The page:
Hiddleston: Yes it has. What I find interesting about American country music is essentially I understand it now is folk music. Folk music, wherever you are, is an expression of the authentic soul of a country, whether that’s Scottish folk music or Irish folk music or English folk music or Spanish folk music. When you get under the skin of a country’s folk music, you start to understand their instinctive rhythm. When I went to Nashville and spent some time preparing for this, I started to understand country music is America’s folk music, and it comes from the blues. The blues is so deeply engrained into the American soul.

I had a whole new appreciation for it, which has been really thrilling, especially because Hank is right in the center of it. He’s a cornerstone in the history of it. He was taught the blues and he made it is own. Then people who came after him took him as an inspiration to make their own music. Bruce Springsteen, Bob Dylan and Johnny Cash—all these people for whom Hank is the brightest star in the firmament.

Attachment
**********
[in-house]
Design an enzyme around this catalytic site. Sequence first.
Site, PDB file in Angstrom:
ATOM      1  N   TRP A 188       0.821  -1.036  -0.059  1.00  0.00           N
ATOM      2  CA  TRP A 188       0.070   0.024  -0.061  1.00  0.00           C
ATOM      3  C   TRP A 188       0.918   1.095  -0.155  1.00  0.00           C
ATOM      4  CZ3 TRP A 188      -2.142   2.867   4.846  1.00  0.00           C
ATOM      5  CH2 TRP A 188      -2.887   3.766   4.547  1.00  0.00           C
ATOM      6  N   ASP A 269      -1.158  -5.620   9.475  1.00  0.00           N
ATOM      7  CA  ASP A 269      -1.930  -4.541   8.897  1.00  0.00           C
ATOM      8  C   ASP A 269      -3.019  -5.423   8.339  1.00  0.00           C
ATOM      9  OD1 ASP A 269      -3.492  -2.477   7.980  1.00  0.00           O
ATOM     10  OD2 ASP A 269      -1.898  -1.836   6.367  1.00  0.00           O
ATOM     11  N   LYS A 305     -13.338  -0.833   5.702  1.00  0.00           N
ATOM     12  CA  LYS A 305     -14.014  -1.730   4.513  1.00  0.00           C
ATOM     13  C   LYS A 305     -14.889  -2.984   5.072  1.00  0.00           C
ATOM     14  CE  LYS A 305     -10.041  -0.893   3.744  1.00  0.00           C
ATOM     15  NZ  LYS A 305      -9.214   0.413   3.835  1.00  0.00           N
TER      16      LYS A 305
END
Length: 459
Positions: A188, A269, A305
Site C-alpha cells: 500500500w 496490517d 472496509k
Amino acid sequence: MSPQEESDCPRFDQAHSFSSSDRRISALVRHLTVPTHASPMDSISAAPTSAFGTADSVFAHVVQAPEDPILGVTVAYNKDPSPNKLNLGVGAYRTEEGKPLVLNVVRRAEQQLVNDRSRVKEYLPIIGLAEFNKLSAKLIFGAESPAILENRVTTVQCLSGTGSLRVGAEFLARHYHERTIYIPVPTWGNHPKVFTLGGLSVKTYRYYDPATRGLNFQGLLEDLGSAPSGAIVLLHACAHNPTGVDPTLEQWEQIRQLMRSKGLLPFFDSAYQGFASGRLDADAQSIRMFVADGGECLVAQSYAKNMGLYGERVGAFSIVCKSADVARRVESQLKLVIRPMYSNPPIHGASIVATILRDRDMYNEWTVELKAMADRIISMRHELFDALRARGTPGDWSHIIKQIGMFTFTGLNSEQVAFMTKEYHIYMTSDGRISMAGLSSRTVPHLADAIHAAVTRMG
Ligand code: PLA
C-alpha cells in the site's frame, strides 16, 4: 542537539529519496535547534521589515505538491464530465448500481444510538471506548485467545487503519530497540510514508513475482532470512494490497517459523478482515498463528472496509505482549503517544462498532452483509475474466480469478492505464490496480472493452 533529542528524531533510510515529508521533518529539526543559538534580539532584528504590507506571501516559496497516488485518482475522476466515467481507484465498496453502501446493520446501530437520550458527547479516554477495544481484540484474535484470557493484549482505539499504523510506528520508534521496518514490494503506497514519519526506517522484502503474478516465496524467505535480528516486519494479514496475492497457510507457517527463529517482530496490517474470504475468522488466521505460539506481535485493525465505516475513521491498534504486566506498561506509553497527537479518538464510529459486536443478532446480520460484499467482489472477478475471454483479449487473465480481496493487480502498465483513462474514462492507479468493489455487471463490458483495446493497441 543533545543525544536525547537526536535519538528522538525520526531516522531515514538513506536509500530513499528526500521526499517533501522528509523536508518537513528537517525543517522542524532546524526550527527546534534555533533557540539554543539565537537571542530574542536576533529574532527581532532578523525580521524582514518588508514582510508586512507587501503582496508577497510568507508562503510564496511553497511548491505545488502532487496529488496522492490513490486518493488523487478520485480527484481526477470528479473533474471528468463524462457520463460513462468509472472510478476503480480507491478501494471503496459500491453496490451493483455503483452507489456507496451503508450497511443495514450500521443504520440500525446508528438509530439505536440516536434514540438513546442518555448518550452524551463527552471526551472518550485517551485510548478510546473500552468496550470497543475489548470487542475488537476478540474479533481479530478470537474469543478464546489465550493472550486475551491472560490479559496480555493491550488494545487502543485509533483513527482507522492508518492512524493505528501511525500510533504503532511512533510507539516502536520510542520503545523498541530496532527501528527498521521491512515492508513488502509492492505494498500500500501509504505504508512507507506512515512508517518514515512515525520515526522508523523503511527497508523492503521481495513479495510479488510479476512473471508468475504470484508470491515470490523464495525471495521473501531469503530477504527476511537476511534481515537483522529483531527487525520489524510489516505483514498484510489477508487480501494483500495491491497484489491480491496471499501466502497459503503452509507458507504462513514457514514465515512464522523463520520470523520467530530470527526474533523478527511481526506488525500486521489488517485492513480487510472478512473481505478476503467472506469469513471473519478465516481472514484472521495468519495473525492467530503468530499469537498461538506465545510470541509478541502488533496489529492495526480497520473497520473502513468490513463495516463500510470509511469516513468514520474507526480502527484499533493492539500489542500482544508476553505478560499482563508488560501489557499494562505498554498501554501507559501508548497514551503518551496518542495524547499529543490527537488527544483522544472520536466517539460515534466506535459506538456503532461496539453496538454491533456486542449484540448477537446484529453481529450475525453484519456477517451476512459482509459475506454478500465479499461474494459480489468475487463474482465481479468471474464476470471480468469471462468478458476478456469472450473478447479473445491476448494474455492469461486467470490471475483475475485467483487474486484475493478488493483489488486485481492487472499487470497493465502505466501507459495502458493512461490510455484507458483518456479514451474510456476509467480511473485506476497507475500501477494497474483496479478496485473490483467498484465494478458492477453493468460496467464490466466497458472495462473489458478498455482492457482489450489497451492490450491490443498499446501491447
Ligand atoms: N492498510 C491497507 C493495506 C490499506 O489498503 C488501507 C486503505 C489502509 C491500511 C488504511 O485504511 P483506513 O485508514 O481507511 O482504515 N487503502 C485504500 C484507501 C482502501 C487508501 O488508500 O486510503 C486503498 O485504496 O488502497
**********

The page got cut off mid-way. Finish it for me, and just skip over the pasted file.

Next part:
Q: What’s been the reaction from audiences you’ve seen this with?

Hiddleston: We had a really fun screening in Nashville in October. A lot of people came out to watch it. Myself and some of guys in the band did a little performance afterwards and it was really fun. They seemed to really dig it. Nashville’s a tough crowd, and they wouldn’t have stuck around if they hadn’t enjoyed it, so yeah, it’s been fantastic.

Q: Can you tell me anything about your musical history? Did you sing with the choir at school?

Hiddleston: I didn’t. I sang before at school, but I was never a choirboy. I was in big chorale groups. I was never in a band. I’ve only sung for my own; I sang in the shower, basically. I never sang professionally or anything like that. This is my first time.

Q: What were your favorite thing that you visited in Tennessee while you were shooting this film?